We decided to check-out another restaurant recommended in the guide book, Café Victor. We hopped on a bus up to the neighbourhood we had walked through earlier in the day. After a bit of circuitous wandering, we once again validated that we were semi-competent at reading a map. However, the menu was a bit on the pricey side, so we moved on. D suggested just taking a wander through the area to see what kind of restaurants were available. For whatever reason, we were having a rash of indecisiveness because we proceeded to walk around for the better part of an hour, looking at menus and having nothing really grab us. The only other place where we were really excited about the menu was a little French place that, upon entering, was fully booked. It was getting ridiculous that we couldn’t decide on a place, and, as I was getting increasingly cold, ultimately decided that we’d have a bite at the café we had coffee at that afternoon, Europa (right where we’d started our little culinary odyssey).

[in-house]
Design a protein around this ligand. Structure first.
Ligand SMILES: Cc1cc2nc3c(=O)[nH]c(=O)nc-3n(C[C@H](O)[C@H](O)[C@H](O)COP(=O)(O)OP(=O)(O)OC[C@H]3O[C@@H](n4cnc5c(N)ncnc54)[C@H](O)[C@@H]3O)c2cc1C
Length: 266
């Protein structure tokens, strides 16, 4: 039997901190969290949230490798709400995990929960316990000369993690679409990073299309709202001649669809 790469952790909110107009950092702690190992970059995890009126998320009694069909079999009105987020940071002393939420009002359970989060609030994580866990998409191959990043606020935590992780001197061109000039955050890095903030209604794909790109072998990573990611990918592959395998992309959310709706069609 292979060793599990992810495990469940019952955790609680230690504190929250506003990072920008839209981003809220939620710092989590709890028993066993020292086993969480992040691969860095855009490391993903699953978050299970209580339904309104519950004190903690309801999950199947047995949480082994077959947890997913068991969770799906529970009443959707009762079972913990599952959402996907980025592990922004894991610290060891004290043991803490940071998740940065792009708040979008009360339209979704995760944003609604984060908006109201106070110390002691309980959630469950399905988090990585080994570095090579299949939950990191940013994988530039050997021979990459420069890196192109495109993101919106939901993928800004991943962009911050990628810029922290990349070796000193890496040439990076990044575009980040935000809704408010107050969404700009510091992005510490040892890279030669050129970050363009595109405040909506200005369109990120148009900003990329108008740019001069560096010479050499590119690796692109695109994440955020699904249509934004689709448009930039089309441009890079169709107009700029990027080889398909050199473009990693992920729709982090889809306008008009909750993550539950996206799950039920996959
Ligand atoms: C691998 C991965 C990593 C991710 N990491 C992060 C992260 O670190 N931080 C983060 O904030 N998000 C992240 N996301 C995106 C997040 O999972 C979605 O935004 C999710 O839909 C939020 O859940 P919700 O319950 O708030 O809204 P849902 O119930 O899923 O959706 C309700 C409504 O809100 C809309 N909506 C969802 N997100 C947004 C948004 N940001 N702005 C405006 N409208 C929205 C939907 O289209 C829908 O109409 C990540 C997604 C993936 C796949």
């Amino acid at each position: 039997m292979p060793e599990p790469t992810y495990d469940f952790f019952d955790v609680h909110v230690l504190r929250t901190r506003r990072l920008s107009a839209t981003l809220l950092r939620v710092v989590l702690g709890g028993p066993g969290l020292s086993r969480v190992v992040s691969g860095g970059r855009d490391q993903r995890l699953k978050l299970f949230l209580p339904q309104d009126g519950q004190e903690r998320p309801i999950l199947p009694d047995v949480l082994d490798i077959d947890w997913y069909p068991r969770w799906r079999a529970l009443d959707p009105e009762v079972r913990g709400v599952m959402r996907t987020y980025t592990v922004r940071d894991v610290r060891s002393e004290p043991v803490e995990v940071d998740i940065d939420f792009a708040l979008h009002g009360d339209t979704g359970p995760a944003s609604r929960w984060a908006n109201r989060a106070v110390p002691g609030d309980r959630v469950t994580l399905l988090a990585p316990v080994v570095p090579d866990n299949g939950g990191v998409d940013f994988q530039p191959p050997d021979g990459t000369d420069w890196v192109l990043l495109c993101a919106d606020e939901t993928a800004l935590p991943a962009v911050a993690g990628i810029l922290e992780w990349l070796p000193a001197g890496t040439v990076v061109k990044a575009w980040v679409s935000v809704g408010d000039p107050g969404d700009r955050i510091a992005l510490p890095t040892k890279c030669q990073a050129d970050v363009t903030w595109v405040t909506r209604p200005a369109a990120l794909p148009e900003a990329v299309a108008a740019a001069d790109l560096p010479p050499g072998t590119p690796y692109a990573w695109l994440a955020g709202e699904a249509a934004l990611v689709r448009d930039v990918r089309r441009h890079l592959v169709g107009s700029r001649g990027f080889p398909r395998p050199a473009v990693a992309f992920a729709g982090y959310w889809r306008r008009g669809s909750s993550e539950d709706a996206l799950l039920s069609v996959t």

Greeted by what looked to be the Danish Robert Pattinson, we grabbed a drink and warmed up. We opted to share a few appetizers, namely a bowl of seafood bisque with lobster, liver paté and roasted herbed potatoes with aioli. Everything was fine–nothing special–but I was relieved to just be eating something. We commented on the change in travel style that had taken place with the rise of wifi. Our earlier travel selves would have had no trouble not having vetted and picked out restaurants and gotten little Google map screenshots of their locations. Not that I didn’t plan my trips before wifi became rampant; it was mostly the big ticket stuff–flights, accommodation and transportation, if I could book it in advance. But I’d always left the little things like restaurants and the like to be found out in-country, usually through wandering. In the last couple of years, however, there has definitely been a shift, as the availability of wifi in hotels has meant that I could essentially continue to plan more thoroughly during the trip itself. In any case, it was enjoyable to take a walk through Strøget and get a feel for the place.